The word “peony” is a reference to the long-tailed and yellow peony, a genus of flowering plants native to tropical forests in Asia.
It is also an allusion to the animal, as it has been described as “the most beautiful bird in the world”.
The peony is a native of Asia, where it has an impressive array of edible fruits and flowers, including the popular Peony flower.
The species was introduced to Europe by the Spanish in the 15th century.
The peony was introduced by the English as a way to distinguish it from other species of trees in the region, but the English introduced the peonic from the Middle East.
Its name means “chest up” in Arabic, but it is not known to have a name in English.
Its shape is shaped like a crown, with two large ribs on each side of its head.
It has long, white, brown and green leaves that hang down to its feet, and its abdomen is covered with a yellowish-brown or pinkish-green flower.
Peonies have been bred to have distinctive and distinctive characteristics.
The female peony has a bright yellow body, a white or cream-coloured back, and pink-and-purple feet, while the male has a white body, yellow legs, and brown or purple feet.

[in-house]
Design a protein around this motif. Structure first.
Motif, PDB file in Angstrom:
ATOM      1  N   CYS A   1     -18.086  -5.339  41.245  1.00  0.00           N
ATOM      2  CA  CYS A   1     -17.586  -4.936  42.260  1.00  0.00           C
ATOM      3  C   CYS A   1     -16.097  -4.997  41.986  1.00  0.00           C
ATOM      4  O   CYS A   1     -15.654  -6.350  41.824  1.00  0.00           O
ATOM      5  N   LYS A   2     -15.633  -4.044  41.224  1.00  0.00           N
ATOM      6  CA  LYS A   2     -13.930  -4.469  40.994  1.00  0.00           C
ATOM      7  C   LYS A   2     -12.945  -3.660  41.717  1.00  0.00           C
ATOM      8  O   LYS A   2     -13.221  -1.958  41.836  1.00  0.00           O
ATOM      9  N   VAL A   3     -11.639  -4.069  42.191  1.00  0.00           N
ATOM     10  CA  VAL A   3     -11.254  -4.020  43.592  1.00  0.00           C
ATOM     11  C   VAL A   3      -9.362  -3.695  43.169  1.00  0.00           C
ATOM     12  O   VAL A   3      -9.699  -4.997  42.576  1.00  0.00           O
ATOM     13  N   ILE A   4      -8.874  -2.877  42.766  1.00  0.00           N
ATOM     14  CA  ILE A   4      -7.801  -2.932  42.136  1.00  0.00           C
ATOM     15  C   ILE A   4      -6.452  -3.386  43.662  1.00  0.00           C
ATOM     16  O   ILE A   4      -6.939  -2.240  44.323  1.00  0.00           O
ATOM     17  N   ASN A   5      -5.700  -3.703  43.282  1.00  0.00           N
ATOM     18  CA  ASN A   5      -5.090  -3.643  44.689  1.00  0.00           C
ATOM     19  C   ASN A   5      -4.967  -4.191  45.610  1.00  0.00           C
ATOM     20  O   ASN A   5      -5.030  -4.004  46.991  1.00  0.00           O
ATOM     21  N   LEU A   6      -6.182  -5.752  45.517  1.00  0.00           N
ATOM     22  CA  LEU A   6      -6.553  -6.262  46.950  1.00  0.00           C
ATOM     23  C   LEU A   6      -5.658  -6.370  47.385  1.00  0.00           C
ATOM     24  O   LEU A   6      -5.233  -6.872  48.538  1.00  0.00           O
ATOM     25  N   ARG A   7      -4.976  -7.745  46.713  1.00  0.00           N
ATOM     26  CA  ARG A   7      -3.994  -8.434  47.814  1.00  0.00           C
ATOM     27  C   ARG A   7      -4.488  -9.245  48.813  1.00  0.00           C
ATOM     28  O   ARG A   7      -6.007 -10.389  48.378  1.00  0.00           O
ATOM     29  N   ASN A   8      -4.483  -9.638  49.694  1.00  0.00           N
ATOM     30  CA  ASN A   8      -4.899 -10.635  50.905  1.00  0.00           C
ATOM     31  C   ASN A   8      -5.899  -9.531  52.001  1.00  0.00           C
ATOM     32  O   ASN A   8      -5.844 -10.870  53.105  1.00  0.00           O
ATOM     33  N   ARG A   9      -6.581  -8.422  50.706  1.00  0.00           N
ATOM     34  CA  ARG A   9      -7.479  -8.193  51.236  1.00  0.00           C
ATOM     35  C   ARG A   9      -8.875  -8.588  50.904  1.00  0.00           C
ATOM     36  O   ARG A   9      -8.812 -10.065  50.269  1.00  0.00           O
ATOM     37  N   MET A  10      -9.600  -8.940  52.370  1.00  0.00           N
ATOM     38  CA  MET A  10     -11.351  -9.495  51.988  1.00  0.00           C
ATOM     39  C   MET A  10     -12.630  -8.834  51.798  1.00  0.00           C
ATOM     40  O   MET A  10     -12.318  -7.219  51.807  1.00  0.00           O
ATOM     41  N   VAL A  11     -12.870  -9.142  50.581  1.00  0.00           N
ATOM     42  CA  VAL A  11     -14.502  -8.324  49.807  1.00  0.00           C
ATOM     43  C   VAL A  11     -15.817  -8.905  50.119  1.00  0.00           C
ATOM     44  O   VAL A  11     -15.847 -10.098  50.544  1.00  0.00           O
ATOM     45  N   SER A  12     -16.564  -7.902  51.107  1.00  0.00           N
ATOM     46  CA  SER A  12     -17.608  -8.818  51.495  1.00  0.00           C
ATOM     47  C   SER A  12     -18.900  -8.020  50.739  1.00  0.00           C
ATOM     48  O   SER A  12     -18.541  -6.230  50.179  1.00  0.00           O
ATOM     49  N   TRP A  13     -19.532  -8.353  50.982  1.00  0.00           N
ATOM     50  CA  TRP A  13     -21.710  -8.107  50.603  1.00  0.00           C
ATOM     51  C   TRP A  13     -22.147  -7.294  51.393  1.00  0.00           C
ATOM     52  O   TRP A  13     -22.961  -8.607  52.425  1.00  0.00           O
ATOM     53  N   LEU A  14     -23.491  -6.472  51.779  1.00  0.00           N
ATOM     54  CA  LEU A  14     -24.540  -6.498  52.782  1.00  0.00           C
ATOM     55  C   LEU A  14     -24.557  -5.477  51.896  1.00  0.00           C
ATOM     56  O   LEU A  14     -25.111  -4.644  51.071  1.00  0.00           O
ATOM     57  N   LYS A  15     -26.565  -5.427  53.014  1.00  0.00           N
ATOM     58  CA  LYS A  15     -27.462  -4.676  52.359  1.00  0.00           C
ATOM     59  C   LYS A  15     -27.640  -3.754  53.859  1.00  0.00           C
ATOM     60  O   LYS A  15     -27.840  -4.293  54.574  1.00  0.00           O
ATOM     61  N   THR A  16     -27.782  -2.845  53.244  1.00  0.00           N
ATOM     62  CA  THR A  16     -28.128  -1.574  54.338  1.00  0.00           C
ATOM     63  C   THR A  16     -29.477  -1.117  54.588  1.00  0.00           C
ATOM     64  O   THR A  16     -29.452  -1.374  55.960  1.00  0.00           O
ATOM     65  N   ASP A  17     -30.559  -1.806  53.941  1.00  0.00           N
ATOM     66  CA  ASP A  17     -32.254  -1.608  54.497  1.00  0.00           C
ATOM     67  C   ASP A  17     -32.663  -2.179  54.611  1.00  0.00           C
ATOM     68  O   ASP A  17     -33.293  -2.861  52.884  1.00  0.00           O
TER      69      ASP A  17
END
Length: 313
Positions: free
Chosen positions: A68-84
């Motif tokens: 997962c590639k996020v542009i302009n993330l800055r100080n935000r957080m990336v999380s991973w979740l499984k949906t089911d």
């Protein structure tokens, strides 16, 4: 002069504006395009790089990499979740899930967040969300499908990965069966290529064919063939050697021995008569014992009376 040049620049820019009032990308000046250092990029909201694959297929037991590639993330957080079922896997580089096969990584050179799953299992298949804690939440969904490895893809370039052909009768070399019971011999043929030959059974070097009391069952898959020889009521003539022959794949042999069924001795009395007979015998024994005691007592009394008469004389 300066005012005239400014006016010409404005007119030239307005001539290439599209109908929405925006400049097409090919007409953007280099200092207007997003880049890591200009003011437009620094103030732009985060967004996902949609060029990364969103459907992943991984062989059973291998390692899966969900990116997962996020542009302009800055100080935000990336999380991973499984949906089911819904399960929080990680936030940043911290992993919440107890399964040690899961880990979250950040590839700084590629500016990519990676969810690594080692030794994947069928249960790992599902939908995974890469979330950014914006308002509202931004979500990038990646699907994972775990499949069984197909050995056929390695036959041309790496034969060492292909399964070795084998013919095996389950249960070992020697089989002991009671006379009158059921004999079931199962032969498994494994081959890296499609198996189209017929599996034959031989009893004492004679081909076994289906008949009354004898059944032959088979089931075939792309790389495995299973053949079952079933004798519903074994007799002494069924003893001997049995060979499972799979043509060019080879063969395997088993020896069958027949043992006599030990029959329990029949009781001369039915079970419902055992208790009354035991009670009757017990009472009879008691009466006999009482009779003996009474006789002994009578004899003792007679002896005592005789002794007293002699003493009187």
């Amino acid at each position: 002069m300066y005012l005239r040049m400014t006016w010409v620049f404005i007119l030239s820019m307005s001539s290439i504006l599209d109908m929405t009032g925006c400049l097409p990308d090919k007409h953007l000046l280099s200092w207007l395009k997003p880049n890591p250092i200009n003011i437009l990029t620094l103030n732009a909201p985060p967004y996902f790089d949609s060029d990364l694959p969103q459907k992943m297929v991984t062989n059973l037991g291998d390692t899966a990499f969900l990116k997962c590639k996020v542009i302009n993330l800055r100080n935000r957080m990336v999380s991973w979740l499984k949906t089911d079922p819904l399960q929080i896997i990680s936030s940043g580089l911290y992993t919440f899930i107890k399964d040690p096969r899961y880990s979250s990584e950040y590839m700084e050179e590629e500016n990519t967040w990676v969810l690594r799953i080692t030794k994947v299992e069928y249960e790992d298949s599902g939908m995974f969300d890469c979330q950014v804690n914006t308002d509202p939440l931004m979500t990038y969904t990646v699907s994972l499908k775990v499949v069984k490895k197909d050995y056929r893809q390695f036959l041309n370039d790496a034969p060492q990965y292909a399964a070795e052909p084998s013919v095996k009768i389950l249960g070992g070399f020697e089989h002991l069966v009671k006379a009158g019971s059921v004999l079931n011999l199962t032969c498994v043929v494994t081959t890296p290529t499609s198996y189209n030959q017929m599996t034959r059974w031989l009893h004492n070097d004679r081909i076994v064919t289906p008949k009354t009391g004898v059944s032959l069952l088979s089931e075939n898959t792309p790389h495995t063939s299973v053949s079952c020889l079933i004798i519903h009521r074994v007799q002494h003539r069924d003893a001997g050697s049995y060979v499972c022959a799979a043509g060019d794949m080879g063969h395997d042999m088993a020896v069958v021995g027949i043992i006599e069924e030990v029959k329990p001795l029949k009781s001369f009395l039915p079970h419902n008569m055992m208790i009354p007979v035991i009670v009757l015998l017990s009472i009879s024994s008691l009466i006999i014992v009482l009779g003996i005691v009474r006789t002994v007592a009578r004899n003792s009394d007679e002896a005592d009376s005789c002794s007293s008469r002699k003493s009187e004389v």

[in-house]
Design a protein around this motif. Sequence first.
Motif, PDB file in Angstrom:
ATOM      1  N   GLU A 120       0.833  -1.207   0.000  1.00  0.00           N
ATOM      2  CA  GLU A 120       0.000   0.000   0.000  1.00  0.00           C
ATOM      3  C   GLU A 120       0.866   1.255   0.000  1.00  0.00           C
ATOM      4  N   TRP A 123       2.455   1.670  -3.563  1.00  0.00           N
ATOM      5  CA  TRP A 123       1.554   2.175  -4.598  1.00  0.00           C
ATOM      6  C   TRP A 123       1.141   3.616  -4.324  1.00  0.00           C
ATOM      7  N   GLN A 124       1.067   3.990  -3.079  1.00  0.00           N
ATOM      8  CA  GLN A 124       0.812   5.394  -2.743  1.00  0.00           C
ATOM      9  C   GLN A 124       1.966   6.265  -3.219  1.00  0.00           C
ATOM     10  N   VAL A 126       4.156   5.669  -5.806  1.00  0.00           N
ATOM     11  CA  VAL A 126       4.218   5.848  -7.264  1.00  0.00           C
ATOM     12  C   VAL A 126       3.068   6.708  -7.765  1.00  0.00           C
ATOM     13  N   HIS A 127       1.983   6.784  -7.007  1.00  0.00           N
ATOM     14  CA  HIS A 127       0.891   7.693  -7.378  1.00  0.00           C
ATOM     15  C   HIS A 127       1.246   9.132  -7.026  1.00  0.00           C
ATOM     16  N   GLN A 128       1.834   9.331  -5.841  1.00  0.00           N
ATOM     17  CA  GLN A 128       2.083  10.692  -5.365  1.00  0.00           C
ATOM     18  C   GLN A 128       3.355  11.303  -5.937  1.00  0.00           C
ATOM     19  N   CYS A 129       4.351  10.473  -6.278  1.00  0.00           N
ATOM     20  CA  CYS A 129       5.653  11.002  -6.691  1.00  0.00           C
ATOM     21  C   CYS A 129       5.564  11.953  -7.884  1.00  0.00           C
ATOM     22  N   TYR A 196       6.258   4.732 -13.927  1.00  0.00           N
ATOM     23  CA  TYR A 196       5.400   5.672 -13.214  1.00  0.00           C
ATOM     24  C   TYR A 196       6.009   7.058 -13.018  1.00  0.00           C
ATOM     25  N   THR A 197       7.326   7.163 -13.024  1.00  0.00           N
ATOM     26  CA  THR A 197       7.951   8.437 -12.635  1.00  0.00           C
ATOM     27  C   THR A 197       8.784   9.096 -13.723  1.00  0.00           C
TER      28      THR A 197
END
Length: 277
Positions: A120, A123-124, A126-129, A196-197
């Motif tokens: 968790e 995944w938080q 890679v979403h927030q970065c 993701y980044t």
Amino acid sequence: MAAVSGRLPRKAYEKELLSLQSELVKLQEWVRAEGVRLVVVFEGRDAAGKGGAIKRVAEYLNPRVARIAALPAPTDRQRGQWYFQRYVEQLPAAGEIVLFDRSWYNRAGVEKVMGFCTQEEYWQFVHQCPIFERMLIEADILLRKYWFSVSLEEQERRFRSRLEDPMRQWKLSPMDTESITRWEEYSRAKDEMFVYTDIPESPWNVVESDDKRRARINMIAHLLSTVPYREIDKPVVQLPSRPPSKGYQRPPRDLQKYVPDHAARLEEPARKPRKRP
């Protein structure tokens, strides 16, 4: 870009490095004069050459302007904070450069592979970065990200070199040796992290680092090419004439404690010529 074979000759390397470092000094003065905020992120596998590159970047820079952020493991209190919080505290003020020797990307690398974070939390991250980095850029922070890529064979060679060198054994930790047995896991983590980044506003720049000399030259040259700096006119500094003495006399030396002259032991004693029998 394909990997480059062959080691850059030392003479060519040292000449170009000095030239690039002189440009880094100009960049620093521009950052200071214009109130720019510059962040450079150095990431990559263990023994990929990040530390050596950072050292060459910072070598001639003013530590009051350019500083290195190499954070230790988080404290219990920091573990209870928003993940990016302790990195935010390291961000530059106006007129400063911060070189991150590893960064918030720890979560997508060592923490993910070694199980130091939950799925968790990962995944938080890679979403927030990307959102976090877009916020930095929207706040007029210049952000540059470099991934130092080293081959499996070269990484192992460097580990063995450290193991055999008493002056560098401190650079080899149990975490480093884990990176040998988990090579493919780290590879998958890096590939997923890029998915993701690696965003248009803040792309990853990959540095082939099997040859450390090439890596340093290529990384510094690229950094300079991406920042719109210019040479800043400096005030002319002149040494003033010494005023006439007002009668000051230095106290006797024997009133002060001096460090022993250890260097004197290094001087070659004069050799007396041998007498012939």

The males are more likely to have white-tipped ears.
The peonies can reach lengths of up to 50 metres, but they are not known for their longevity.
They live for up to five years, and females can live for as long as four years.
There are about 20,000 species of peonies in the UK, and they are native to the Middle Eastern, Asian and African forests.
In the past, the peonies have attracted interest from botanists, because of their rarity.
The UK has over 200 species of flowering trees, with more than 200 of them known to be native to Britain.